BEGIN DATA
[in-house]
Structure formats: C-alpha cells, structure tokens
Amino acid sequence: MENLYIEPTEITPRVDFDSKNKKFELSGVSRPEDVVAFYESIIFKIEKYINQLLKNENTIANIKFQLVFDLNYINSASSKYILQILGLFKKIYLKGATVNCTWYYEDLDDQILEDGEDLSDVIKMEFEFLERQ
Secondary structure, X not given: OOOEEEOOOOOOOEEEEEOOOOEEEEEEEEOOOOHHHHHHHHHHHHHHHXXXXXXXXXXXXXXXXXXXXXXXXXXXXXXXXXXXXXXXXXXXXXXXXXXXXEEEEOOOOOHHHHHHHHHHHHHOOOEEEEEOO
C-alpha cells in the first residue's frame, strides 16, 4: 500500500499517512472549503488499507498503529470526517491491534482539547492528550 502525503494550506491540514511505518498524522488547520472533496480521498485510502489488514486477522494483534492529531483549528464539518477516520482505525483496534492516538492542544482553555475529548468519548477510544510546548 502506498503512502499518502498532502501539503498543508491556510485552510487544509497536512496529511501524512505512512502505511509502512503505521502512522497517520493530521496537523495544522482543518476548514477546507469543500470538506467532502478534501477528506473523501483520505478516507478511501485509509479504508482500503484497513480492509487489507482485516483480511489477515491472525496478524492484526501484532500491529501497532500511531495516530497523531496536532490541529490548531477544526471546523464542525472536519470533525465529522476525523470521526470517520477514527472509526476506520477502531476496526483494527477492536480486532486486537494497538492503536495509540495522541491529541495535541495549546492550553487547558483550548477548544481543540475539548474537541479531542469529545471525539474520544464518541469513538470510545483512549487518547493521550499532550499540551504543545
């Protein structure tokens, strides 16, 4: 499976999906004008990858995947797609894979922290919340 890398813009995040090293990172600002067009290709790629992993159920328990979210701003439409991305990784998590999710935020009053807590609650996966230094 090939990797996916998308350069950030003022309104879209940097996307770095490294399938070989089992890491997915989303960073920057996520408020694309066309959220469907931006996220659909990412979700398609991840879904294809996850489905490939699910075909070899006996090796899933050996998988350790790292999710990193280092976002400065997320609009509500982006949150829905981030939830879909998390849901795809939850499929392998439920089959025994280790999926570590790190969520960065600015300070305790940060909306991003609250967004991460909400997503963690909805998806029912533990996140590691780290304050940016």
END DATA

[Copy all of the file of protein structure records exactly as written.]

[in-house]
Structure formats: C-alpha cells, structure tokens
Amino acid sequence: MENLYIEPTEITPRVDFDSKNKKFELSGVSRPEDVVAFYESIIFKIEKYINQLLKNENTIANIKFQLVFDLNYINSASSKYILQILGLFKKIYLKGATVNCTWYYEDLDDQILEDGEDLSDVIKMEFEFLERQ
Secondary structure, X not given: OOOEEEOOOOOOOEEEEEOOOOEEEEEEEEOOOOHHHHHHHHHHHHHHHXXXXXXXXXXXXXXXXXXXXXXXXXXXXXXXXXXXXXXXXXXXXXXXXXXXXEEEEOOOOOHHHHHHHHHHHHHOOOEEEEEOO
C-alpha cells in the first residue's frame, strides 16, 4: 500500500499517512472549503488499507498503529470526517491491534482539547492528550 502525503494550506491540514511505518498524522488547520472533496480521498485510502489488514486477522494483534492529531483549528464539518477516520482505525483496534492516538492542544482553555475529548468519548477510544510546548 502506498503512502499518502498532502501539503498543508491556510485552510487544509497536512496529511501524512505512512502505511509502512503505521502512522497517520493530521496537523495544522482543518476548514477546507469543500470538506467532502478534501477528506473523501483520505478516507478511501485509509479504508482500503484497513480492509487489507482485516483480511489477515491472525496478524492484526501484532500491529501497532500511531495516530497523531496536532490541529490548531477544526471546523464542525472536519470533525465529522476525523470521526470517520477514527472509526476506520477502531476496526483494527477492536480486532486486537494497538492503536495509540495522541491529541495535541495549546492550553487547558483550548477548544481543540475539548474537541479531542469529545471525539474520544464518541469513538470510545483512549487518547493521550499532550499540551504543545
């Protein structure tokens, strides 16, 4: 499976999906004008990858995947797609894979922290919340 890398813009995040090293990172600002067009290709790629992993159920328990979210701003439409991305990784998590999710935020009053807590609650996966230094 090939990797996916998308350069950030003022309104879209940097996307770095490294399938070989089992890491997915989303960073920057996520408020694309066309959220469907931006996220659909990412979700398609991840879904294809996850489905490939699910075909070899006996090796899933050996998988350790790292999710990193280092976002400065997320609009509500982006949150829905981030939830879909998390849901795809939850499929392998439920089959025994280790999926570590790190969520960065600015300070305790940060909306991003609250967004991460909400997503963690909805998806029912533990996140590691780290304050940016």